Viet Nam attracted US$21.93 billion in foreign direct investment (FDI) during the first seven months of this year, an increase of 52 per cent year-on-year, according to the latest Foreign Investment Agency statistics reported by the Vietnam News Service.
Of the nearly 24 billion dollar total, $12.92 billion came from 1,378 newly-licensed projects. This is a yearly increase of 48.7 per cent. An additional 677 already-operating projects have requested to top-up their capital by more than $5.87 billion which is a further 38.5 per cent year-on-year.
Foreign investors made 2,946 deals in contributing capital to businesses and buying shares of Vietnamese businesses with total value of $3.12 billion. This figured rocketed by 109.7 per cent compared with the same period in 2016.
Exports of foreign-invested enterprises (excluding crude oil) were also strongly higher totaling near $83.05 billion, up 20.3 per cent over last year. The foreign-invested segment accounted for 72 per cent of the country’s total export turnover.
Imports by foreign-invested enterprises reached $71.35 billion, up 28.1 per cent and accounting for 60.3 per cent of the total import turnover of the country.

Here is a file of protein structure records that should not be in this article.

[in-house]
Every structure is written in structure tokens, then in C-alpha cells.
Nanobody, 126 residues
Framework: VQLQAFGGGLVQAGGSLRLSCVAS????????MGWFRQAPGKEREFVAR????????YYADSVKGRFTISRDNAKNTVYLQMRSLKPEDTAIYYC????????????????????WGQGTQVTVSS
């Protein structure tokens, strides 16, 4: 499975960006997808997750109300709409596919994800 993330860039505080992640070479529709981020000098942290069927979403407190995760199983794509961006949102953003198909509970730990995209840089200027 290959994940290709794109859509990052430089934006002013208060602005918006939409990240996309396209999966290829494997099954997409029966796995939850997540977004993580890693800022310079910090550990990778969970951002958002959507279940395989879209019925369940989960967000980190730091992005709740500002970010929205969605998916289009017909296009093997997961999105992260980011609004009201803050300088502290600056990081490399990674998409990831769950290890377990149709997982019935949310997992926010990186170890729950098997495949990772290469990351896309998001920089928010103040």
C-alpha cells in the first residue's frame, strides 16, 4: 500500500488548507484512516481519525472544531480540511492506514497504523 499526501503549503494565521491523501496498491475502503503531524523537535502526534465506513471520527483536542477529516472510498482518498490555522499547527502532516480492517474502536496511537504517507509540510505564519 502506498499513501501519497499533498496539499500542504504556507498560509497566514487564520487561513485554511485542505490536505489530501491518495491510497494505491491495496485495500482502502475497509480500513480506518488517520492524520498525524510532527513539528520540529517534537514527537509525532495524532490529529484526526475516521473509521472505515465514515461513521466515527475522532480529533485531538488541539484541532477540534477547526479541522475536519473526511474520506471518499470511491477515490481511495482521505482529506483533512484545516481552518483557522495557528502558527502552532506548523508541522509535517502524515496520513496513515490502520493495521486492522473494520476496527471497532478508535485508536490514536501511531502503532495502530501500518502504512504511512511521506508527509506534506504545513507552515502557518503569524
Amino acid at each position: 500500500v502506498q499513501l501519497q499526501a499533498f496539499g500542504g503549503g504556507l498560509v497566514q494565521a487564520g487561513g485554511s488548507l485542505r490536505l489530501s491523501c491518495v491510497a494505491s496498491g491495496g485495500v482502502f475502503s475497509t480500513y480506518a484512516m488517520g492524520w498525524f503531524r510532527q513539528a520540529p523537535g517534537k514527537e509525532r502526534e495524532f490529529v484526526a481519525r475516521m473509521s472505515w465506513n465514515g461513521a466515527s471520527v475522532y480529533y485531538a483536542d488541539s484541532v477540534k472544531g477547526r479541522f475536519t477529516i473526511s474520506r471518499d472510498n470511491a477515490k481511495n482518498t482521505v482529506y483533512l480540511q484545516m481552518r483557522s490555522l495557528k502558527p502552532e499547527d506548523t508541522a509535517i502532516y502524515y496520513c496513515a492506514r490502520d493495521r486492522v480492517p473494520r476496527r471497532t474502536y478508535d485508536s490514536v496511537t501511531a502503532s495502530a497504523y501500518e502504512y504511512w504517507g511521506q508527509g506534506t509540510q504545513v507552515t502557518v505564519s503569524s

Manufacturing and processing industries continued to be the top sector, receiving $10.83 billion of FDI, nearly 50% of the total registered FDI. This was followed by the electricity production and distribution sector, with total investment capital of $5.25 billion, accounting for 23.98 per cent of the total FDI. From there the totals fall off dramatically, with the mining sector in third place, with $1.28 billion, or 5.86 per cent of the total FDI.
South Korea continued leading the pack in terms of investors
with $5.62 billion. This was 25.63 per cent of the FDI pledged to the country. Japan was close behind with $5.46 billion, or 24.92 per cent of the FDI. Singapore a much smaller economy was in third place with $3.8 billion, accounting for 17.3 per cent of the total FDI.
Northern provinces were the larger recipients of this FDI although much of this was represented by large projects which tend to go to the North as the central government is often willing to be more generous in its terms for Northern projects to help balance the South’s more commercial investment environment.